You are comparing Obama to
the Marxist playbook? That post is total, complete and unadulterated baloney and
should placed in Madame Tussaud's Wax Museum as an example of why books are written
about "The Death of Conservatism.”
The post does not deserve
and will not receive from me a serious answer. Is this your best intellectual contribution
to American political discourse? I suspect Obama has learned little, so far, from
Virginia and New Jersey. I know you have learned nothing from New York congressional
Keep that Beck-Limbaugh pap
coming and you will nationalize what happened to your candidate in the 23rd district
in New York.
Sarah Palin couldn't
deliver New York's 23rd district for Republicans with her endorsement of Conservative third-party candidate Doug Hoffman, but candidates across the
country are still scared of the power of Palin, Tea Parties and the Club
for Growth combined.
The morning after
Hoffman went down and a Democrat was elected in NY-23 for the first time since
1870, Rep. Mark Kirk (R-Ill.) got to work soliciting an endorsement from Palin
for his campaign to win President Barack Obama's old Senate seat next year.
The GOP’s sweep of gubernatorial elections in Virginia and
New Jersey yesterday sent clear signs of fermenting discontent with the Obama
In New Jersey, the Republicans recaptured a seat that has
been Democratic for over a decade. The GOP sweep of statewide races in Virginia
represented a sharp departure from a year ago when the state voted for a
Democratic president for the first time since 1964.
The elections today should send a simple message to the
Obama administration and congressional Democrats: You lost the middle class,
and you won’t get them back until you fundamentally change your legislative
During last year’s campaign, President Barack Obama
consistently stressed how his policies were going to help the middle class. He
talked about his middle-class tax cut. He promised that any new spending would
be paid by the rich. He attacked his opponent, John McCain, continuously for
his plan to raise taxes on the middle class. He promised change the middle
class could believe in.
The Hill's A.B.
Stoddard and Democratic strategist Chris Kofinis consider what the future will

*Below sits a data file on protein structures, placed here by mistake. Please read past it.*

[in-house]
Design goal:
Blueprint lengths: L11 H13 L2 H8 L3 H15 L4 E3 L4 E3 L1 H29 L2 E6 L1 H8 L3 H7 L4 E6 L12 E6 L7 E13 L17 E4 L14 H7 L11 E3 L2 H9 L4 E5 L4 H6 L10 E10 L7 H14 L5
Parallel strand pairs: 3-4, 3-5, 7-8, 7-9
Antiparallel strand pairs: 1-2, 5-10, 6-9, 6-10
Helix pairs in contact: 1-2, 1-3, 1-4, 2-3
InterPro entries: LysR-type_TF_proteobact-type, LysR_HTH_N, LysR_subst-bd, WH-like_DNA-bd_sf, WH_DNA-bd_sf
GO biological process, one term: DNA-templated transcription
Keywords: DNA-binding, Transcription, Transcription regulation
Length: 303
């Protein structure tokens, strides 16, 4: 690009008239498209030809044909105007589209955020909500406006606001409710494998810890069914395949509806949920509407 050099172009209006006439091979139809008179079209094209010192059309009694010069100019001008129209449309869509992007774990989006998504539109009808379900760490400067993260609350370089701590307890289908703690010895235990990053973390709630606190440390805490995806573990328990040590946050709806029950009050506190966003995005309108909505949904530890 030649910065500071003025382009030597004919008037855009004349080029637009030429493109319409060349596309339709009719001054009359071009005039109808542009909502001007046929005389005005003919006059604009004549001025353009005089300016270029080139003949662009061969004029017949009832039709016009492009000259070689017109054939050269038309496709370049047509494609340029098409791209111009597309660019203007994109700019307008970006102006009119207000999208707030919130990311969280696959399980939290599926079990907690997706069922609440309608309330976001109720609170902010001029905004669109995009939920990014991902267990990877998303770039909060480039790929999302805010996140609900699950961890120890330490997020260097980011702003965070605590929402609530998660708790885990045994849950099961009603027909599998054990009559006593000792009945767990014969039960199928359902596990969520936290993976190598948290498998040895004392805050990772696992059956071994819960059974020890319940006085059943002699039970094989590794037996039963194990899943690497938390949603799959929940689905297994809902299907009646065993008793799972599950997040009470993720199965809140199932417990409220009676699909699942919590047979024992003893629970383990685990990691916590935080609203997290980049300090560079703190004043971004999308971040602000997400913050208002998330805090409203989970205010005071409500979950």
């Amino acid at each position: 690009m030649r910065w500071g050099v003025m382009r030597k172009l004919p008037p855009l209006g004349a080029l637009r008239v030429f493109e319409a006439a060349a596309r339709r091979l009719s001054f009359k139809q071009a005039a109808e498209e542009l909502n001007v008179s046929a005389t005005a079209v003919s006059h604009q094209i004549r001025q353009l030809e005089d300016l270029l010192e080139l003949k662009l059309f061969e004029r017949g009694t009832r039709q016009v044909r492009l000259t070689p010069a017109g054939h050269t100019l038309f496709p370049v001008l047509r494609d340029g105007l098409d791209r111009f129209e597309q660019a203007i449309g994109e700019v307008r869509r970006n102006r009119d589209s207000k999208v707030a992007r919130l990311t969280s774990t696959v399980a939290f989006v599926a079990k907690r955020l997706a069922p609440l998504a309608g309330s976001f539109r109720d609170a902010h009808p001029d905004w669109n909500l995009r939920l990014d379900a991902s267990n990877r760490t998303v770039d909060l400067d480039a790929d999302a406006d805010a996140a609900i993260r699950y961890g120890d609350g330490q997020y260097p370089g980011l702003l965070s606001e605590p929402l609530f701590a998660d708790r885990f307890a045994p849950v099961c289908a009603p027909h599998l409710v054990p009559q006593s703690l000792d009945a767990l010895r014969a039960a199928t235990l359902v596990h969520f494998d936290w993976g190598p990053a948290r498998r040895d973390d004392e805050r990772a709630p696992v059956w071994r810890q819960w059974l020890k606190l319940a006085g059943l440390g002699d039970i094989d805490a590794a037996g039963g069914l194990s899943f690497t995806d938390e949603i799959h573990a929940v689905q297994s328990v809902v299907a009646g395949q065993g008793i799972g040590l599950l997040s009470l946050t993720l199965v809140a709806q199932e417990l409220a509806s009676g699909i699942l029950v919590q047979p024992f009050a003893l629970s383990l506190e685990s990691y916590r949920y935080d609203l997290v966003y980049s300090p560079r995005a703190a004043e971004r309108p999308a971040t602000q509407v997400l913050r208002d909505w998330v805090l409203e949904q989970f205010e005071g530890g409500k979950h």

hold for the Democratic agenda on Capitol Hill and in the White House after the
2009 elections if the majority party starts slipping in numbers.
Forget the Democrats for a moment. Today presents an important litmus test for the Republicans.
Several major cities are electing mayors, two states are electing governors, and special elections are being conducted in Northern California and upstate New York. Yes, some voters will be traveling to the polls today as a mini-referendum on the current Obama administration. But not many.
Election Day 2009. One year after Barack Obama was elected president, and everybody’s going to be watching three elections on Tuesday, Nov. 3 — in New York, New Jersey and Virginia — to see what it means for Obama’s political power.
Which is, let’s face it, way, way overblown. There is a lot less happening in those three contests than meets the eye. And a lot less than pundits would have you believe.
Republican candidate in NY-23 Dede Scozzafava's
had it rough, to be sure, and it comes as no surprise she has dropped out of
the race after so many high-profile Republicans endorsed the Conservative Party
candidate, Doug Hoffman. Many Republicans who do, in fact, embrace the
big-tent structure the GOP needs to succeed, simply could not embrace
Scozzafava. She sides with Democrats on literally all of the major issues, to
the point of making folks wonder just why she bothers with an R after her name.
As big as the tent may be, Scozzafava barely had even a toe in it.
Looks like the Democrats are facing a tough night tomorrow; they could lose both gubernatorial elections in New Jersey and Virginia and the special election in New York's 23rd district. While they will be able to credibly explain away each loss, those explanations will drown in the big story of a GOP rout and the foreboding the Democratic Party should feel about next year's midterm elections.